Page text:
Other client applications

  • How can I print to a printer attached to a diskless client?
    • There is a server program called p910nd at the Etherboot web site that funnels data from a TCP/IP connection to the printer port. You can instruct lpd or CUPS on the server to send jobs across the network to p910nd.
  • How can I output sound on the client?
    • There is a package called virtualfs that proxies the sound devices across the network. It can also proxy the floppy drive.
    • Another solution is EsounD
    • You may wish to check the LTSP site and mailing lists for other proposed solutions.
  • How can I access the floppy on the client?
    • Besides virtualfs mentioned above, recent distributions of mtools have a floppyd. This only works with the mtools utilities though.

Booting FreeBSD

  • Where are the instructions for booting FreeBSD?
    • For now, there is just a short document in the doc directory. Better versions of this document depend on contributions from the FreeBSD community, I am unable to test FreeBSD because I don't run it.

Booting other operating systems (DOS, Windows)

  • I want to boot FreeDOS.
    • The new mknbi utility supports creating boot images from FreeDOS kernels now. See the man page for details. FreeDOS is under development and if the layout of the kernel image changes, please send any corrections to me.
  • I cannot boot DR-DOS 7.03.
    • There is some difference between the DR-DOS 7.03 and 7.02 bootblock that causes it not to boot. But a 7.02 bootblock works just as well with the DR-DOS 7.03 kernel, so you can substitute that.
  • DOS dies when I load HIMEM.SYS.
    • Use the /testmem:off option to prevent HIMEM from scribbling over the ramdisk which is the floppy A:.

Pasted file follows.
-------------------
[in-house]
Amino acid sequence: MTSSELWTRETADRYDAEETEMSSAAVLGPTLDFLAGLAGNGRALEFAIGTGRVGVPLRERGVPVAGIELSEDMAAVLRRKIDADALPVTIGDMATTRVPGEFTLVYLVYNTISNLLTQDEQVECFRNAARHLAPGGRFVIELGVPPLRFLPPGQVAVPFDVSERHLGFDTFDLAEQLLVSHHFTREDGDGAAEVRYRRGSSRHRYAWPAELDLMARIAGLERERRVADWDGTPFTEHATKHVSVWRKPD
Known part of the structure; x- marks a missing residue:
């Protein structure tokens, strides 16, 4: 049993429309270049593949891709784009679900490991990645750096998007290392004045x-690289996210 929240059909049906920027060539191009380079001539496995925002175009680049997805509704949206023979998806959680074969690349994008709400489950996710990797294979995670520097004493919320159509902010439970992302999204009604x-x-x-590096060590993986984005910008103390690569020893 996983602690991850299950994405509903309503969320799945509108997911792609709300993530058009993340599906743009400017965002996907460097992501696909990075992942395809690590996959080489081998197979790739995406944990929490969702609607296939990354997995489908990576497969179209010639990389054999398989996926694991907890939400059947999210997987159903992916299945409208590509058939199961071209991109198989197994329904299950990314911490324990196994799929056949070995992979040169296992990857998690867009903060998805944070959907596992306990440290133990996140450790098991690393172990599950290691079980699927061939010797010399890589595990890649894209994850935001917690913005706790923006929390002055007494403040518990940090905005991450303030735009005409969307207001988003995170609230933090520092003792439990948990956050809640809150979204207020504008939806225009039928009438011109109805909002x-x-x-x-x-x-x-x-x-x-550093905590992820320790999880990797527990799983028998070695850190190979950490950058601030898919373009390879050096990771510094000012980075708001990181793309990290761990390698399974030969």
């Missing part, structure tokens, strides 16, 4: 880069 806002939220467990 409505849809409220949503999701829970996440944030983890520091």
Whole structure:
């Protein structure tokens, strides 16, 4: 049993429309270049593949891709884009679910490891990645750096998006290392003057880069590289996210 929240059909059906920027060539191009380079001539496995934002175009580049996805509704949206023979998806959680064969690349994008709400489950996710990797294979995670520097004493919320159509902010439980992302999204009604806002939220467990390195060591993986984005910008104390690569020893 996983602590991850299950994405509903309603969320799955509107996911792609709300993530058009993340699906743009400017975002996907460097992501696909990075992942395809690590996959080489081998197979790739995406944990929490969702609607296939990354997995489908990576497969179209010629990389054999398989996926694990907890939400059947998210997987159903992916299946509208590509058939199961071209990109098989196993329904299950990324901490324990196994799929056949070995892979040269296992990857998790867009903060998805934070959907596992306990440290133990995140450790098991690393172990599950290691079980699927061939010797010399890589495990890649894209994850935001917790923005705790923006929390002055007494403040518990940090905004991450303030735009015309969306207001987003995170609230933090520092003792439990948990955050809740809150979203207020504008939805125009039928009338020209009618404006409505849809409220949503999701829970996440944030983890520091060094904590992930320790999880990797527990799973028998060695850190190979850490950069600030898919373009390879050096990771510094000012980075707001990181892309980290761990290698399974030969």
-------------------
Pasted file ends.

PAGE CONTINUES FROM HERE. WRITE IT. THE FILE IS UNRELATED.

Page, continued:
• How do I make A: my real floppy again after booting is complete?
    • Use the program supplied with mknbi.
  • I want to use the real floppy at the same time I am using the ramdisk image of the boot floppy.
    • The –harddisk option of mknbi-dos is intended for this. It causes your boot drive to be C:, so you can use A: for the real floppy. See the man page for more details
  • I want to boot Windows.
    • I pass on this one, as I do not have (by choice) any Windows systems running on my computers. Perhaps others can contribute to this section. However I gather that it is only possible on Windows95A, as other versions don't have the necessary support for diskless booting.

Hardware issues

  • Where can I get an EPROM made?
    • Depending on where you live, you might find a supplier listed on the Commercial Links page. Another possibility is to seek the help of someone working in a university or industrial lab who has an EPROM programmer. If you are handy with hardware, you could buy a kit or build your own. There are links to kit suppliers in the Commercial Links part of the home page.
    • Some high end adapters, for example the 3Com and Intel ones, accept an EEPROM in the socket. This can be programmed in-situ using utility programs, some of which or information about are under the contrib directory in the Etherboot distribution.
    • Finally some recent motherboard have flash BIOSes which contain space where an extension BIOS such as Etherboot can be inserted. The Phoenix Award BIOSes can be modified using a program called cbrom.exe possibly here. Or do a Web search for it. No success has been reported for AMI BIOSes. Dirk von Suchodoletz maintains a list of successes and failures here.

Here is some text contributed by Dirk von Suchodoletz. He hopes to put it on a web site someday: